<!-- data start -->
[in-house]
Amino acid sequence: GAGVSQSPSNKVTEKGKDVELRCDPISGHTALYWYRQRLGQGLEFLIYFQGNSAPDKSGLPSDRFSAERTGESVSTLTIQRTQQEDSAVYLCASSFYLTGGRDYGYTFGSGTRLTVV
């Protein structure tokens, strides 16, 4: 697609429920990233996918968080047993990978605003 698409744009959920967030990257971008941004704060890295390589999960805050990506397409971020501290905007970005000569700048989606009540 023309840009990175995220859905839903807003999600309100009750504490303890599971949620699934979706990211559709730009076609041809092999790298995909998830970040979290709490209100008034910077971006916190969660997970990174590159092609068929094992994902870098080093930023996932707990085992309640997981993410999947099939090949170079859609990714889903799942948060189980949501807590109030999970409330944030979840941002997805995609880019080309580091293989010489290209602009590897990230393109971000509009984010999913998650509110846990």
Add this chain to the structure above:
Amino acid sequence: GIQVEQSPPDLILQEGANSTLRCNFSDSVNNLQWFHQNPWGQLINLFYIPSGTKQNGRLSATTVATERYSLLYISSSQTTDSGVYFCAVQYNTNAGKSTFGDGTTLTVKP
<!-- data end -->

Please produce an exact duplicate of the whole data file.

[in-house]
Amino acid sequence: GAGVSQSPSNKVTEKGKDVELRCDPISGHTALYWYRQRLGQGLEFLIYFQGNSAPDKSGLPSDRFSAERTGESVSTLTIQRTQQEDSAVYLCASSFYLTGGRDYGYTFGSGTRLTVV
């Protein structure tokens, strides 16, 4: 697609429920990233996918968080047993990978605003 698409744009959920967030990257971008941004704060890295390589999960805050990506397409971020501290905007970005000569700048989606009540 023309840009990175995220859905839903807003999600309100009750504490303890599971949620699934979706990211559709730009076609041809092999790298995909998830970040979290709490209100008034910077971006916190969660997970990174590159092609068929094992994902870098080093930023996932707990085992309640997981993410999947099939090949170079859609990714889903799942948060189980949501807590109030999970409330944030979840941002997805995609880019080309580091293989010489290209602009590897990230393109971000509009984010999913998650509110846990």
Add this chain to the structure above:
Amino acid sequence: GIQVEQSPPDLILQEGANSTLRCNFSDSVNNLQWFHQNPWGQLINLFYIPSGTKQNGRLSATTVATERYSLLYISSSQTTDSGVYFCAVQYNTNAGKSTFGDGTTLTVKP